2184. Russian Ark (2002)

6.7 Impressive, but not engaging
  • Acting 6.6
  • Directing 7.5
  • Story 6.1
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Starring: Alexander Sokurov, Sergey Dreyden, Mariya Kuznetsova

Director: Alexander Sokurov

Running Time: 99 mins

Russian Ark (Русский ковчег) is a Russian film about a man who wanders the halls of the State Hermitage Museum in Saint Petersburg, moving through centuries of Russian history as he floats between the rooms of the glorious palace.

When it comes to this film, there are two completely different elements to talk about, one of which is an exceptional achievement, while the other is unfortunately rather underwhelming. As a visual, technical and overall cinematic feat, Russian Ark is truly impressive, with its 99 minute-long take proving an exceptional piece of work. However, it’s not a film that’s ever really going to grab you, and apart from the beautiful visuals and unique cinematography, the film’s narrative premise is a little too weak to keep you engrossed throughout, making Russian Ark ultimately a rather dull watch.

Let’s start off on the bright side of things, with the film’s truly stunning cinematographic feat, that is filming an entire feature-length movie in just one take. There’s no clever CGI or editing trickery, this is a film where they pressed record at the beginning, and shot an entire movie in just one take, which is truly extraordinary.

Couple that with the enormous scale that the film takes on, not only in a historical context (that is taking place over the course of a few centuries of Russian history), but also the fact that it all happens in the enormous physical space that is the beautiful Winter Palace of the Hermitage Museum.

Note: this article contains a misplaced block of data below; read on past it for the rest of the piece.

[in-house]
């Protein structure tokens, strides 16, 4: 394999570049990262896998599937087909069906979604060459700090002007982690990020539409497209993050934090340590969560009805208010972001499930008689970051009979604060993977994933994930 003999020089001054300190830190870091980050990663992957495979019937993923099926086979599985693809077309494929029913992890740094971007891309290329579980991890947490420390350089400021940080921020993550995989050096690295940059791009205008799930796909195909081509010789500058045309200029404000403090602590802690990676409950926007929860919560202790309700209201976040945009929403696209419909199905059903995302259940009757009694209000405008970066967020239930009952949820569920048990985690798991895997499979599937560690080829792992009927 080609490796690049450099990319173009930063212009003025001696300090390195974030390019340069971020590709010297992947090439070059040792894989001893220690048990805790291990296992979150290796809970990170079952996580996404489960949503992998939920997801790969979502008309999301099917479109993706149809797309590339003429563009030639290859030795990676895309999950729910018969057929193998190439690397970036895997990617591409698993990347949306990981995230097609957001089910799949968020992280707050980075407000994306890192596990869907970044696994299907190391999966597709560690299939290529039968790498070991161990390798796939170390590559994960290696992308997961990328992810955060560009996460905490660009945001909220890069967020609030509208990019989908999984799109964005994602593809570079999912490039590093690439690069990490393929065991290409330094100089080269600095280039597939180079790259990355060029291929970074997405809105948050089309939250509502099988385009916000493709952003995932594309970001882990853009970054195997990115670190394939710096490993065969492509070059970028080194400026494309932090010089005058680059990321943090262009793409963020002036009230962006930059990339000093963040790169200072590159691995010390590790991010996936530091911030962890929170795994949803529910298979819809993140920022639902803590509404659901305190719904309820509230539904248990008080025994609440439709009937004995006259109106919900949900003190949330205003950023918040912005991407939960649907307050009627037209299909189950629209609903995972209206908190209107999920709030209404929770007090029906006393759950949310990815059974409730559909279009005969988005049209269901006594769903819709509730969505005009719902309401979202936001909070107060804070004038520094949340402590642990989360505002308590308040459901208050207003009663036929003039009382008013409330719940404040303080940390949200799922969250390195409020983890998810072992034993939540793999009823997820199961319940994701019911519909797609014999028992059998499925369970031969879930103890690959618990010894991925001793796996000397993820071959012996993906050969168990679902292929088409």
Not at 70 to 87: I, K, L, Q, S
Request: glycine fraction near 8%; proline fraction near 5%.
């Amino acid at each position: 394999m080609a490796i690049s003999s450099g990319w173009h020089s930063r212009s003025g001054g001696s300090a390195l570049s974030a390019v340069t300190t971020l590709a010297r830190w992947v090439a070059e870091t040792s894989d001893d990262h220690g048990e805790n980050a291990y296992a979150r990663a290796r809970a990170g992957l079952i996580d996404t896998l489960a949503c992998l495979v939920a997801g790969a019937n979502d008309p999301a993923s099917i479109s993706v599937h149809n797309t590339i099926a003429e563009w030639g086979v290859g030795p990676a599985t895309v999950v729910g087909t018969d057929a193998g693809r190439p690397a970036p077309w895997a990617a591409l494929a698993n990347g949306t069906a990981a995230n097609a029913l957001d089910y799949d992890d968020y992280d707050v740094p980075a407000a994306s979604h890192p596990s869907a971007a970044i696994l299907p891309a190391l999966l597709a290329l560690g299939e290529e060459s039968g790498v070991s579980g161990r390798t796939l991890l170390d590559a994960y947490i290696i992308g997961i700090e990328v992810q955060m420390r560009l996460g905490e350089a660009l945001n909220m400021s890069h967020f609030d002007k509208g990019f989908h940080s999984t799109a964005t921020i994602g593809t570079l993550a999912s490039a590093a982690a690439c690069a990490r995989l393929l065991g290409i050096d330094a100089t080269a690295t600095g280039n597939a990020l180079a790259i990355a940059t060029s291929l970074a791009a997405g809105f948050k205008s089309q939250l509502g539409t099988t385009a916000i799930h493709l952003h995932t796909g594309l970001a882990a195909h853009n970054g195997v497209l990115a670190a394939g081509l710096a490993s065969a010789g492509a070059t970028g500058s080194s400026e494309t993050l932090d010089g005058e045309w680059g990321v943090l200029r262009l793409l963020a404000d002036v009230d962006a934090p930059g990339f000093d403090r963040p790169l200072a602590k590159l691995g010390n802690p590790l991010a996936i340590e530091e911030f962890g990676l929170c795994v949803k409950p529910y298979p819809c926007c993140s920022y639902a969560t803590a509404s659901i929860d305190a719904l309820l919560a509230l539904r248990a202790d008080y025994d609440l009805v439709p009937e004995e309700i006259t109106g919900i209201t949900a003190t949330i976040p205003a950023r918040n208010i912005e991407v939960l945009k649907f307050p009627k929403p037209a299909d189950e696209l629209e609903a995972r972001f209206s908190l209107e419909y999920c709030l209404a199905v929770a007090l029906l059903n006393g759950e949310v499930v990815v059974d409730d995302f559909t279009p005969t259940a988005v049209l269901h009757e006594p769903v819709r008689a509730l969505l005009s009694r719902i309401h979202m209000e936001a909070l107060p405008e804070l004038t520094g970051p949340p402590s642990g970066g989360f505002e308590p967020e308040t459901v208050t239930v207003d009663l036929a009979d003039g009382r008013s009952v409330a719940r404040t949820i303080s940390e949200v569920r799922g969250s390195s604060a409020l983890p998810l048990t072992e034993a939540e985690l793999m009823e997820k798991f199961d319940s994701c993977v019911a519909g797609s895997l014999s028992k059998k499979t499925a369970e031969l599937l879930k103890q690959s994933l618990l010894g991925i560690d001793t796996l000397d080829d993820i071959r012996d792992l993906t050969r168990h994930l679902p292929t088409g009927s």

Unlike all other films, which can move through enormous spaces in an instant with a simple cut, this film physically walks you through the space that the film takes place in. It’s a strange and unique sensation, but it really emphasises the scale of the building that the story takes place in, and further eccentuates the notion of crossing across centuries of history, something that’s really impressive to witness, and completely unlike any other film.

However (and it’s a big however), as incredible a technical achievement as this film is, I really didn’t find it an interesting watch. Initially, its historical setting proves a striking element, but from then on, it becomes a rather difficult and inaccessible watch (particularly if you’re not exceptionally familiar with Russian history), with a story that largely focuses on following a man around as he comments on the art, culture and history of Russia.

In comparison to a film like Birdman, which is also (effectively) a single-shot movie, there’s no tension or drama that really keeps you engrossed in this film as it floats at a very slow pace through a collection of rooms and time periods. There’s an element of entertainment in entering a new room and, with that, a completely new world, but that’s about it, and apart from marvelling at the beautiful architecture, there really isn’t all that much to interest you here, making this an unfortunately boring watch throughout.

Overall, while Russian Ark is an exceptional and unique achievement of cinema, and one that creates a completely unique viewing experience, however due to a slow-moving, uneventful and rather inaccessible story, it really isn’t the most fascinating watch, and that’s why I’m giving it a 6.7.


About Author

The Mad Movie Man, AKA Anthony Cullen, writes articles and reviews about movies and the world of cinema. Since January 1st, 2013, he has watched and reviewed a movie every day. This is the blog dedicated to the project: www.madmovieman.com